"Beauty and horror in contemporary art" is the subtitle of the Royal Academy's "Apocalypse" exhibition. It's not a bad line. The fission of the beautiful and the horrific is precisely what produces the raw power of the apocalyptic genre. We forget, in our post- modern toying with the most barbaric images in the Book of Revelation - horned beasts, spectral horsemen, fire and sulphur, the armies of Armageddon - that it contains the most bewitchingly lovely depiction of paradise in the Bible:
Then I saw a new heaven and a new earth: for the first heaven and the first earth were passed away; and there was no more sea. And I John saw the holy city, new Jerusalem, coming down out of heaven from God, prepared as a bride adorned for her husband. And I heard a great voice out of heaven saying, "Behold, the tabernacle of God is with men, and he will dwell with them, and they shall be his people [ . . . ] And God shall wipe away all tears from their eyes; and there shall be no more death, neither sorrow, nor crying, neither shall there be any pain: for the former things are passed away." (Rev 21:1-4)
Although this passage follows swiftly the final defeat of Satan, it is not really postapocalyptic. On the contrary, it is the essence of apocalypse. The Greek word "apokalupsis" refers to an unveiling, and this is what is unveiled; without it, the blood-drenched drama of the previous 20 chapters would be meaningless. With it, however, something very strange is accomplished: the most terrible acts of violence, whether directed by or at the forces of good, are retrospectively sanctified. The world has ended for a purpose.
This is what makes apocalypse proper - the religious vision, extending over millennia from the Book of Daniel to the last poisoned supper of Heaven's Gate - so much more interesting and morally complex than secular caricatures of Armageddon. The beauty of violence is one of the greatest and most enduring of anthropological idees fixes, and in apocalypse it finds its most refined expression. The waves of catastrophe that come crashing down on humanity in Revelation have a grandeur to them that is derived from their divine origin. This presents the modern observer, who has been taught that empathy is crucial to understanding, with an almost impossible dilemma. If the peculiar symmetry of apocalypticism demands that the reward of the elect is balanced by the suffering of millions of the unsaved, does that make it intrinsically repugnant? How do we assess the motives of those who retreat into apocalypse? Are they mentally ill, or sane people labouring under a socially constructed delusion, or a mixture of the two?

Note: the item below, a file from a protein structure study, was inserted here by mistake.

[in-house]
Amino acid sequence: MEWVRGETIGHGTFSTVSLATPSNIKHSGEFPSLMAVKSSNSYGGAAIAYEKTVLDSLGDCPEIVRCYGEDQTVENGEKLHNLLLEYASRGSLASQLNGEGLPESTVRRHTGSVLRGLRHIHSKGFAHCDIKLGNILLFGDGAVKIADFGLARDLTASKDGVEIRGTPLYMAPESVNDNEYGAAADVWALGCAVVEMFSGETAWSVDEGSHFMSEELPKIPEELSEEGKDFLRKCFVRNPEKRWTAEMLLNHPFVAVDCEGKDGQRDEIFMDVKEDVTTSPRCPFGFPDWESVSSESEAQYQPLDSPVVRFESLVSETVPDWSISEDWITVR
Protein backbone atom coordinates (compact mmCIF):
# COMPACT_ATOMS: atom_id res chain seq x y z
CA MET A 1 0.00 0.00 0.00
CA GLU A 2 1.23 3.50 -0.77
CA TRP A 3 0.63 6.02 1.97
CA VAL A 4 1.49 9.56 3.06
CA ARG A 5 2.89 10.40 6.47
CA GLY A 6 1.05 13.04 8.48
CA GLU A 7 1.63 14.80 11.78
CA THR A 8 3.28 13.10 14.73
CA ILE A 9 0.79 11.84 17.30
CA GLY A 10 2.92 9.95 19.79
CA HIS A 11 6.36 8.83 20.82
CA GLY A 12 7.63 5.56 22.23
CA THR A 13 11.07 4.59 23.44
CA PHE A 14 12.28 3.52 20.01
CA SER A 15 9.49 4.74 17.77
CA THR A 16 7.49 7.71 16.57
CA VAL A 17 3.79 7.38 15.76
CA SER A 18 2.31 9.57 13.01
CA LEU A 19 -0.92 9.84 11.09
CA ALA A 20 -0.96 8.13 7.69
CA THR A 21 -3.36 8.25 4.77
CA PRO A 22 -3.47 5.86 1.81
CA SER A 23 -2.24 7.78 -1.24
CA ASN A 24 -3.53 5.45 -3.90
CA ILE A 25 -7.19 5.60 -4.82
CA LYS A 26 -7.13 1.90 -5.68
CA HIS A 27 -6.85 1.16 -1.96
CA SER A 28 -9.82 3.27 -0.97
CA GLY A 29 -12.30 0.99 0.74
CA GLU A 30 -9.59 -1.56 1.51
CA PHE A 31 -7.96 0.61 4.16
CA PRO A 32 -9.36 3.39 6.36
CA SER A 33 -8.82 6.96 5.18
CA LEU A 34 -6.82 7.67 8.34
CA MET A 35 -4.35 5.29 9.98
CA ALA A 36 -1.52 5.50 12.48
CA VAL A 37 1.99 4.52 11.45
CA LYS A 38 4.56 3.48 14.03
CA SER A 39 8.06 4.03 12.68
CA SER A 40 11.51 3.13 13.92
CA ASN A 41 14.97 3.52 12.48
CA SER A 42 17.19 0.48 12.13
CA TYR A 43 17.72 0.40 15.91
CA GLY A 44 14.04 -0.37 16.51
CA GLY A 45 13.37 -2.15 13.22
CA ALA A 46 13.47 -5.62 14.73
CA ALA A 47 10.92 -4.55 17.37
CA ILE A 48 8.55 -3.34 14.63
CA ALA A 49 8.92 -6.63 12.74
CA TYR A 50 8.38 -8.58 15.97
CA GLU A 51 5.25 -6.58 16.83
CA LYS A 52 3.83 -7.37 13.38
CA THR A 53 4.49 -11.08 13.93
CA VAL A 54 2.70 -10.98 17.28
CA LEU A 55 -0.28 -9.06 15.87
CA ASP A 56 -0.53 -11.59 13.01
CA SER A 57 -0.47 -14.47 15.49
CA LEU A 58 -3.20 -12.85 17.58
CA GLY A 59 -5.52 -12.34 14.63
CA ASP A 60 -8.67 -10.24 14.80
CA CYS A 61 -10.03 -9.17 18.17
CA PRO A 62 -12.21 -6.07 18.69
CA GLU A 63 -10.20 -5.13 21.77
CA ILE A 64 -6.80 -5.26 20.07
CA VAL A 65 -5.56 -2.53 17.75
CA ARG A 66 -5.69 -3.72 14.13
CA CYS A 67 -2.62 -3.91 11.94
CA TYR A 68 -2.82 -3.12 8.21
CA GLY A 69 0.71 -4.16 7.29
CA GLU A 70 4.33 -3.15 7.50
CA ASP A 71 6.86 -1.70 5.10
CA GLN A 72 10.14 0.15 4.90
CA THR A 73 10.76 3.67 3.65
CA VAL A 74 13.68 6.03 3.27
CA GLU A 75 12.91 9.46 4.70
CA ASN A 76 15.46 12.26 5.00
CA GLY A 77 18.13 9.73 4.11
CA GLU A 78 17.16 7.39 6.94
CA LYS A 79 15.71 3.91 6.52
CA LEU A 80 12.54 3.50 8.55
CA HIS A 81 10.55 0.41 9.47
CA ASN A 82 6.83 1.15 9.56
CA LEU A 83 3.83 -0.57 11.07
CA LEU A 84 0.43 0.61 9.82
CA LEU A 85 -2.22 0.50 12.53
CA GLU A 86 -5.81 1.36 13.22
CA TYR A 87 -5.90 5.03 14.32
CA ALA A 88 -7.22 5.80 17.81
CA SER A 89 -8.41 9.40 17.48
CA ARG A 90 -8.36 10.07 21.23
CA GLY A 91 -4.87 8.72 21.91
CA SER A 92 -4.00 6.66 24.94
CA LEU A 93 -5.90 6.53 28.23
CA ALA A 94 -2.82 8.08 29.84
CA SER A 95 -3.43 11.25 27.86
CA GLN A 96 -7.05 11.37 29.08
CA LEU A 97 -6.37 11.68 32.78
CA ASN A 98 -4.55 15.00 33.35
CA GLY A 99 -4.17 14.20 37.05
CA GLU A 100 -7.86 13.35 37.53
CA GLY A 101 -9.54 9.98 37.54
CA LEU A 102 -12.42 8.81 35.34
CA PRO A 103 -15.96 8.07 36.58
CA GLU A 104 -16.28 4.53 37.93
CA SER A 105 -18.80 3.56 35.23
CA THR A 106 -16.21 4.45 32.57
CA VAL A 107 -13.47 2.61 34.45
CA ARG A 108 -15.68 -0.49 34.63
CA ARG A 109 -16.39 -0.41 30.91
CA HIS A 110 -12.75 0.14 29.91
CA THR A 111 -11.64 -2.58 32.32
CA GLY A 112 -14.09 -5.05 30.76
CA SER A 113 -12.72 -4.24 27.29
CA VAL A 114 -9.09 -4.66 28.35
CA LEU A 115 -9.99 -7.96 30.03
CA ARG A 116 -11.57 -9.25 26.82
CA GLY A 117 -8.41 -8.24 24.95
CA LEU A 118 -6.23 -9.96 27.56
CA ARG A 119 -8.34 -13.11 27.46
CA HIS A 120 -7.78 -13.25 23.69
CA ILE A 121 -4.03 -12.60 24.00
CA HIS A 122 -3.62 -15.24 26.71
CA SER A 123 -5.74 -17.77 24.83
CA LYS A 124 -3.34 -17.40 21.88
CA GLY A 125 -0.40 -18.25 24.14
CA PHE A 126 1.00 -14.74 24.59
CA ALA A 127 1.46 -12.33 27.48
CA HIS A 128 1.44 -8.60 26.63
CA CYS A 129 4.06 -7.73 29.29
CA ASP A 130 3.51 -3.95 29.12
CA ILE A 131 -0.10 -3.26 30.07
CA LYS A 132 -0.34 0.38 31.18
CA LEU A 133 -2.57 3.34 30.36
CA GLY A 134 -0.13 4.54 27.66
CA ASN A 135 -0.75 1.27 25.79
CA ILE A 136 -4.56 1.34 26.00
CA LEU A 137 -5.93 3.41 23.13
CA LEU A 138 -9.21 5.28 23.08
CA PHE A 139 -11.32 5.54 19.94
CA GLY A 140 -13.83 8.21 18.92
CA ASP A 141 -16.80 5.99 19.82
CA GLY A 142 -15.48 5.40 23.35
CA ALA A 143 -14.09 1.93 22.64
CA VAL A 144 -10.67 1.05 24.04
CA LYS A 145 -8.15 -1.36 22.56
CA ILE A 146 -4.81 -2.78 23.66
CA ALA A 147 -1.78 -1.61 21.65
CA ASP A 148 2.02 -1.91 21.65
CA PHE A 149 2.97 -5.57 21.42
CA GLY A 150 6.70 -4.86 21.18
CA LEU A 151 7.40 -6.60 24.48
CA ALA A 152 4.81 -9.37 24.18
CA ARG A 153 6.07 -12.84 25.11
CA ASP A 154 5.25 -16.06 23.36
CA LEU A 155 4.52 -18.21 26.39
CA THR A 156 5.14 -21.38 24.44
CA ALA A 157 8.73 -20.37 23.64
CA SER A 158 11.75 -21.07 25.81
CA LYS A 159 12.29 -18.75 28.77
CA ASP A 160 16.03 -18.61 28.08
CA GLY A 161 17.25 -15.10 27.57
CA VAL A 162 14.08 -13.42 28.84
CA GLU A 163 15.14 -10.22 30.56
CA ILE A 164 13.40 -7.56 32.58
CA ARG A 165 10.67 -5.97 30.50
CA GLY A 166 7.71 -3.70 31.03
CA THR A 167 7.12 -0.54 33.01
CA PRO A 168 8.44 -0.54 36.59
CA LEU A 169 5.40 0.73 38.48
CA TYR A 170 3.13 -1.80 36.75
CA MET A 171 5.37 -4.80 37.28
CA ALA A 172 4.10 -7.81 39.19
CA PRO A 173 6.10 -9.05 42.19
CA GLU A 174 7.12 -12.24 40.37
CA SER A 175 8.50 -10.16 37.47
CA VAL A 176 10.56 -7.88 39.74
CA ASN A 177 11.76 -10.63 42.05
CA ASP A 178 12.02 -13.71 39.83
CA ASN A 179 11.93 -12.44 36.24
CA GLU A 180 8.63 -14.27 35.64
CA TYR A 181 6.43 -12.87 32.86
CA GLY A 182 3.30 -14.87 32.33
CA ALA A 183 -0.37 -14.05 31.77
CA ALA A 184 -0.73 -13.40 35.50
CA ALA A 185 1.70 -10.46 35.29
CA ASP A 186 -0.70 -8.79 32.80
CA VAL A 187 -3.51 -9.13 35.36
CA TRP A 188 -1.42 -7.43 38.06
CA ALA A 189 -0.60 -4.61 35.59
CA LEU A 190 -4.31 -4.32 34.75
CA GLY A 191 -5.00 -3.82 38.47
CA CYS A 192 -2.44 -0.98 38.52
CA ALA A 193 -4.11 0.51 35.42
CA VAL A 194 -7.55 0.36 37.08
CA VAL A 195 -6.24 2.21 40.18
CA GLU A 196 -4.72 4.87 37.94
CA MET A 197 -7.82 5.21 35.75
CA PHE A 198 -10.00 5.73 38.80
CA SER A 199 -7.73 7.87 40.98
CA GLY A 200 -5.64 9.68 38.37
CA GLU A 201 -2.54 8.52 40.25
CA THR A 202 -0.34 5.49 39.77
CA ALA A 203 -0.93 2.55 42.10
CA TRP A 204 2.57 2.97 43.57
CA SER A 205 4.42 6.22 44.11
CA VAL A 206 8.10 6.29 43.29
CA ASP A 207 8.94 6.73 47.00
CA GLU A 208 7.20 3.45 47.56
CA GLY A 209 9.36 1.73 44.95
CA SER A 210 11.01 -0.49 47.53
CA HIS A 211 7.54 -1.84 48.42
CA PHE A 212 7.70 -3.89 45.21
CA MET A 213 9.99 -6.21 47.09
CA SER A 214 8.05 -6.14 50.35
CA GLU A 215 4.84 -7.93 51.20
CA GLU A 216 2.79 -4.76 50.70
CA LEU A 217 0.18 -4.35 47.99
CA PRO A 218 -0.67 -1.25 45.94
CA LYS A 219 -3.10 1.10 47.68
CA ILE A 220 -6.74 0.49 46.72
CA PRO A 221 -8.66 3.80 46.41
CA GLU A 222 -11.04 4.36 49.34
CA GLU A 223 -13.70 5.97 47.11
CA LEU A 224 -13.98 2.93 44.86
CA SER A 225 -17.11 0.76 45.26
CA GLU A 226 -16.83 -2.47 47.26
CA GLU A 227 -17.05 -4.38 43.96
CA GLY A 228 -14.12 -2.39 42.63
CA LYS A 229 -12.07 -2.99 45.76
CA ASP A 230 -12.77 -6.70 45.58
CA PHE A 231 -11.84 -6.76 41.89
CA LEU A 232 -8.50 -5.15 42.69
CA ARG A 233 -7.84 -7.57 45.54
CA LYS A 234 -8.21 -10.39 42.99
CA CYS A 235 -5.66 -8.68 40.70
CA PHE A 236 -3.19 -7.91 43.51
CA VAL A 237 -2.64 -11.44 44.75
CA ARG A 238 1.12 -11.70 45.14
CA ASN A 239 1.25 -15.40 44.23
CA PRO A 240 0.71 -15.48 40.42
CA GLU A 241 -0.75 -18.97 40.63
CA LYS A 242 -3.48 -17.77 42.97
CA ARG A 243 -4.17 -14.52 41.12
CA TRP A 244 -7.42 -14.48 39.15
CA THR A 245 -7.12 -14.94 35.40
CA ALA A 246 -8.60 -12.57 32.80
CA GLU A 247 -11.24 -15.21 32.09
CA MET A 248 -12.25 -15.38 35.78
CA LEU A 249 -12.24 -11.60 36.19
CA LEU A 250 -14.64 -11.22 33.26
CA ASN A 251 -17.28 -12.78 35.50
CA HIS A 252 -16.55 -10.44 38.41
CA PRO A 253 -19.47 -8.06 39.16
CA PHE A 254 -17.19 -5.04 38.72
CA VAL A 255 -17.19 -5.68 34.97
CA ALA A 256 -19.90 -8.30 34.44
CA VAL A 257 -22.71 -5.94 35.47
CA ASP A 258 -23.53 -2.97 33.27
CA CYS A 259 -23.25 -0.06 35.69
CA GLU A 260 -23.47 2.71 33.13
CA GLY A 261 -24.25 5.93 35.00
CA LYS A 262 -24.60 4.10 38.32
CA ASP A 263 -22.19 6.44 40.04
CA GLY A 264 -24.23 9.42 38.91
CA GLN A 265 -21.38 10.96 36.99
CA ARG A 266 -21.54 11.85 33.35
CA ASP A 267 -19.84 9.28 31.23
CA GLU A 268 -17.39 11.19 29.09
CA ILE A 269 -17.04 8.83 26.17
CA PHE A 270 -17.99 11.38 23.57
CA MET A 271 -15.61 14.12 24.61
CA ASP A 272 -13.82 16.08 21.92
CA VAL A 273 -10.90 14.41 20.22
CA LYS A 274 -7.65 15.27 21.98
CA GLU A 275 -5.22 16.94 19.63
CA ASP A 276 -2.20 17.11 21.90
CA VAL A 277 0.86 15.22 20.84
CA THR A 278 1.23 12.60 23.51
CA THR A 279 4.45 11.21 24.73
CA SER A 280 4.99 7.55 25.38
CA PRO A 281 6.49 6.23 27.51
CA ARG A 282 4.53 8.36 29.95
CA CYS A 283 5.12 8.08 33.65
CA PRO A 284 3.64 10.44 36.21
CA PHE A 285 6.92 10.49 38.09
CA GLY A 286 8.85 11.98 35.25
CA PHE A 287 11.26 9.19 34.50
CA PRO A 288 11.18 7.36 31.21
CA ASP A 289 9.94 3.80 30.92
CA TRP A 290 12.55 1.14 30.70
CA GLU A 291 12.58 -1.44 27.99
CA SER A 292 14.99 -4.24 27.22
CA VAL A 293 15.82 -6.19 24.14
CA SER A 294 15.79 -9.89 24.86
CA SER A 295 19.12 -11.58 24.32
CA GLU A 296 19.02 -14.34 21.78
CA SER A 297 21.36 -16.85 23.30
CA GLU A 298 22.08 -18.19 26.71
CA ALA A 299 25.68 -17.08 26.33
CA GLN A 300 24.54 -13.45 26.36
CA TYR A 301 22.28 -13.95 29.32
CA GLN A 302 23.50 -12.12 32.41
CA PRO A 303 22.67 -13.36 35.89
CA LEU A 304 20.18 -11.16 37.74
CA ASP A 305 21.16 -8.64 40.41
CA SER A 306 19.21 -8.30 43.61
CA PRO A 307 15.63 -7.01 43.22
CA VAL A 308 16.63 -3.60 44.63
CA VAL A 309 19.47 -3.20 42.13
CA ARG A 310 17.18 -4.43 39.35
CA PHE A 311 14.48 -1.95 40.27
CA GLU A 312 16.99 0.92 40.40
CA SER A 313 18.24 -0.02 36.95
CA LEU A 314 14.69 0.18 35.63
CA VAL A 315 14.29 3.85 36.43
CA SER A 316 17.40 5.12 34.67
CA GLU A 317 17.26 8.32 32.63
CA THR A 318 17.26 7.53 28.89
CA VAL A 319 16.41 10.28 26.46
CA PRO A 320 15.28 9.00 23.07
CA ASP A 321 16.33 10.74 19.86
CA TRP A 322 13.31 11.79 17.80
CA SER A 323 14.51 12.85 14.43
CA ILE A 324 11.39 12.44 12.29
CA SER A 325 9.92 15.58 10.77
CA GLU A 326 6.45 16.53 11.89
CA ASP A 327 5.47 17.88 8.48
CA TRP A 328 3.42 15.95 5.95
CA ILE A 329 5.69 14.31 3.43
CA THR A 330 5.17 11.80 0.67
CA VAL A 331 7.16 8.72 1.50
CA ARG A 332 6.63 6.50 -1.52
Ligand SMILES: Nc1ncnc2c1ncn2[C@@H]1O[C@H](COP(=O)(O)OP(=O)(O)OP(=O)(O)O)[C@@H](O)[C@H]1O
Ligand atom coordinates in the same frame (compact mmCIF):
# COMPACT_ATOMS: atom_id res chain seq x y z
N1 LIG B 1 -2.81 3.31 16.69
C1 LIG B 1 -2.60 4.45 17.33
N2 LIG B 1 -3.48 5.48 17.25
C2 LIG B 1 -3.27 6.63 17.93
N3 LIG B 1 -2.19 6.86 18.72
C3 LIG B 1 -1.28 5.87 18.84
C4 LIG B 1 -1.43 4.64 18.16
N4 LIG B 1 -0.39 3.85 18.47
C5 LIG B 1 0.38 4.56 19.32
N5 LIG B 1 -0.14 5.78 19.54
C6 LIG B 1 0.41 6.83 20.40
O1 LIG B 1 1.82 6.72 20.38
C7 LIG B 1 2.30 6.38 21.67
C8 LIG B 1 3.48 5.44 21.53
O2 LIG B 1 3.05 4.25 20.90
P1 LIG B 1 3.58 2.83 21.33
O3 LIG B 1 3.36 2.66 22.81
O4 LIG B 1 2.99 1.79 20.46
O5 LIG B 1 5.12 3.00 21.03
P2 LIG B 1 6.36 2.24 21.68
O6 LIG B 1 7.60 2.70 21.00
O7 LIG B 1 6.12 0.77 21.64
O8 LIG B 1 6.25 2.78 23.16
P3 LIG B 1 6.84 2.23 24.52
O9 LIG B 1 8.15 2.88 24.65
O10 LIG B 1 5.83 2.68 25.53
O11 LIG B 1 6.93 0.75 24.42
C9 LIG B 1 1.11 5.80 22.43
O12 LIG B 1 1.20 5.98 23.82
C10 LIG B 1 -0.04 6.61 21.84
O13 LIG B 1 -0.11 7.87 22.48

I believe that this phenomenological tightrope has been walked most successfully by the historian Norman Cohn, whose classic study of medieval apocalyptic fanatics, The Pursuit of the Millennium, shows how the Last Judgement of orthodox Christianity mutated into homicidal visions of the End in the imaginations of people disorientated by social change. Controversially, Cohn applies his theory to the totalitarian excesses of the 20th century, suggesting that only millenarian patterns of belief can explain why apparently rational men could shovel babies into gas ovens or shoot millions of peasants: they thought they were carrying out the preordained plan of the Almighty, lightly secularised as "historical destiny". I think he is right. Far from excusing the actions of Hitler or Stalin, Cohn opens up a new dimension of their wickedness. It would be going too far to say that such evil originates in the structures of apocalypticism, which - despite everything - is often morally neutral. But now we know where the Nazis got their inspiration.
You could work some of this out, I reckon, simply by looking at the most memorable contribution to the Academy's exhibition, the Chapman brothers' 5,000-piece Hell. Here, the Nazis appear, perhaps for the first time in art, in their natural apocalyptic habitat: spewed out by a volcano, writhing in pits, rising from graves, tortured by many-headed mutants. Comparisons with Hieronymus Bosch miss the point - we must look further back. Ultimately, it is the scale of the work that impresses, rather than the nauseating detail: the multiplication of the horror possesses its own beauty, just as in the Book of Revelation.
What a terrific centrepiece Hell would have made to an intelligent exploration of millenarian tradition, taking in medieval evocations of the Last Judgement, the prophetic art of William Blake, Stanley Spencer's The Resurrection, Cookham. What we have instead is a lazy exploitation of the rapidly evaporating shock value of the word "apocalypse" devised by people who, as far as I can tell, have no other interest in the concept. The Chapmans' masterpiece apart, the only convincingly apocalyptic note was provided by the computer malfunctions that forced the temporary closure of three exhibits on the day I visited.
Could it have been the millennium bug?
"Apocalypse: beauty and horror in contemporary art" is at the Royal Academy, Piccadilly, London W1 (020 7300 8000) until 15 December
Damian Thompson's The End of Time is available in paperback from Vintage (£6.99)